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A chair : paradigm of architecture?

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dc.contributor.author Bos, Richard
dc.date.accessioned 2012-01-19T22:50:48Z
dc.date.accessioned 2022-10-31T23:26:24Z
dc.date.available 2012-01-19T22:50:48Z
dc.date.available 2022-10-31T23:26:24Z
dc.date.copyright 1993
dc.date.issued 1993
dc.identifier.uri https://ir.wgtn.ac.nz/handle/123456789/27314
dc.description.abstract The ideas which led to the selection of this topic originated in thoughts about the relationship between manufacturing technology and the production of architectural ornament. Given the broad range of the subject material it was necessary to define my interest further, to find a topic which was symptomatic of these ideas but of a scale more suited to the task. The original thought was that a chair offered a suitable vehicle with which to investigate the issues of ornament. As a construction within the architectural interior, the chair is a synthesis of function, technology, and ornament. Since architects have designed furniture for the last 150 years, the notion was that given a similar programme - seating, a critical examination could be made. The relationship between manufacturing technology and the production of architectural ornament over a period of time could then be seen in the development of the artifact. In proceeding to gather preliminary information on chairs, I found that the relationship between the chair and architecture is not a simple one. A chair is a complex cultural artifact which in part may characterise architectural issues yet is subject to quite different parameters in its production. It seemed appropriate to look at furniture designed by architects, to see whether the artifact (the chair) can characterise wider architectural issues despite the restrictions of its smaller scale and simplicity of programme. Walter Gropius wrote in 1947 in 'Is there a science of design'; The process of designing a great building or a simple chair differs only in degree, not in principle. This report is a test of Gropius' statement. Divided into two sections, the first part of the report takes the statement as a parti. This is followed by a critique which establishes the criteria from which this statement may be judged. en_NZ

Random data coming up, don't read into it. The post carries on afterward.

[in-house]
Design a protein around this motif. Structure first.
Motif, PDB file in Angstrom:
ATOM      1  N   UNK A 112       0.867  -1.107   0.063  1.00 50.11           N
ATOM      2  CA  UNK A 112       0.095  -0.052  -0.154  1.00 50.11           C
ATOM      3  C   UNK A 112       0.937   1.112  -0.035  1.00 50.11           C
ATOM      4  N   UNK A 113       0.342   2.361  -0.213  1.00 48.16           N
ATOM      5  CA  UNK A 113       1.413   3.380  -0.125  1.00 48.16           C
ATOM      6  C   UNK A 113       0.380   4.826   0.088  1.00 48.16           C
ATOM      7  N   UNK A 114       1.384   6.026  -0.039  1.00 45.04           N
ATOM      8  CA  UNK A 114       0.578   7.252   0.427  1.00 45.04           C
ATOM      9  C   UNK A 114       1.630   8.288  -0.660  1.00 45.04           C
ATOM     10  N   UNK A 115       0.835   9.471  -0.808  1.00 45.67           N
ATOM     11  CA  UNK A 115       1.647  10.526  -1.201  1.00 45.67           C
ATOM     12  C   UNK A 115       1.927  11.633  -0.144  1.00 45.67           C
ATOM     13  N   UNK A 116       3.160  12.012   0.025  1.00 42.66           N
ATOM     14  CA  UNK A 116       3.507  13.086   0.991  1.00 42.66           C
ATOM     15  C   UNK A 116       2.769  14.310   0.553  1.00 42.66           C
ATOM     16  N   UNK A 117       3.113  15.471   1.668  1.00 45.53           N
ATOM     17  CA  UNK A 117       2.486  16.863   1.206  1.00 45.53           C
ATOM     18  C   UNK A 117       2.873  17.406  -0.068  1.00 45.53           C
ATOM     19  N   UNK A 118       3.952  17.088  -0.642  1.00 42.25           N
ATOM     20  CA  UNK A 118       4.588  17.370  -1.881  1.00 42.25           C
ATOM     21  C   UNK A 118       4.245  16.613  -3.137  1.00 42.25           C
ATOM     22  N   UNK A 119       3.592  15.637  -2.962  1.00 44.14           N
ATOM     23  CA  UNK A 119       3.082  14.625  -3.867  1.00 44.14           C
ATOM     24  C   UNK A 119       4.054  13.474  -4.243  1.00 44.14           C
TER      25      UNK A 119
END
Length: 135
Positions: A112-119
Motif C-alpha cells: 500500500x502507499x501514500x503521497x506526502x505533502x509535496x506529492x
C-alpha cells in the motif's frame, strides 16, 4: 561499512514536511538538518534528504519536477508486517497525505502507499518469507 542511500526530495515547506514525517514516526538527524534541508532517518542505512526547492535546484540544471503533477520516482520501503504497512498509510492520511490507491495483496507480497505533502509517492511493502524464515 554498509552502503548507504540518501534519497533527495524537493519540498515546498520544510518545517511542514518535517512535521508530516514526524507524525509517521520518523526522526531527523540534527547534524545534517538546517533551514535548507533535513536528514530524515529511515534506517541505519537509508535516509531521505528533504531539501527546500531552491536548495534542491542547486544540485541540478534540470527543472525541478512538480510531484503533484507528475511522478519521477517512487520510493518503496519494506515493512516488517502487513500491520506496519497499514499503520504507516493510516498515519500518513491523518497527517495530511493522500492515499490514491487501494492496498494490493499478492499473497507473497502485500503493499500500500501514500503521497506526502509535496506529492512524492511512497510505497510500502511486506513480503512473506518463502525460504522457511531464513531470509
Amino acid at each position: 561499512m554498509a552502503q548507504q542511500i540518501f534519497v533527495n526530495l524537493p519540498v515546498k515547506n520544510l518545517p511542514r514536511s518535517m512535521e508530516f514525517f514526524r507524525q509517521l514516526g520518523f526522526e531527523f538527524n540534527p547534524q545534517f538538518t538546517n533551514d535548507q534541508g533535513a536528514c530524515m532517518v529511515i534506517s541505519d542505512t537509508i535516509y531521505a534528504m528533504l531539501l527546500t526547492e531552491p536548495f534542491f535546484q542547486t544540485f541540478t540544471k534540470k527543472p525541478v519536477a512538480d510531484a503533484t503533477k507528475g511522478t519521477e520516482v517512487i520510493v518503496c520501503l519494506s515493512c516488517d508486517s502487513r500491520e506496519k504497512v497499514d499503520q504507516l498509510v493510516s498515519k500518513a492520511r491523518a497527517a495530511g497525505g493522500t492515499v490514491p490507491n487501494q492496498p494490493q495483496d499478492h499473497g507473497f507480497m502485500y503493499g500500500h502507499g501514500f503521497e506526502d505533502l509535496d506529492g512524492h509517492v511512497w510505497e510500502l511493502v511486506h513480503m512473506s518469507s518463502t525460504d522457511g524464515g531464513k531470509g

dc.format pdf en_NZ
dc.language en_NZ
dc.language.iso en_NZ
dc.publisher Te Herenga Waka—Victoria University of Wellington en_NZ
dc.title A chair : paradigm of architecture? en_NZ
dc.type Text en_NZ
vuwschema.type.vuw Awarded Research Masters Thesis en_NZ
thesis.degree.discipline Architecture en_NZ
thesis.degree.grantor Te Herenga Waka—Victoria University of Wellington en_NZ
thesis.degree.level Masters en_NZ
thesis.degree.name Bachelor of Architecture en_NZ

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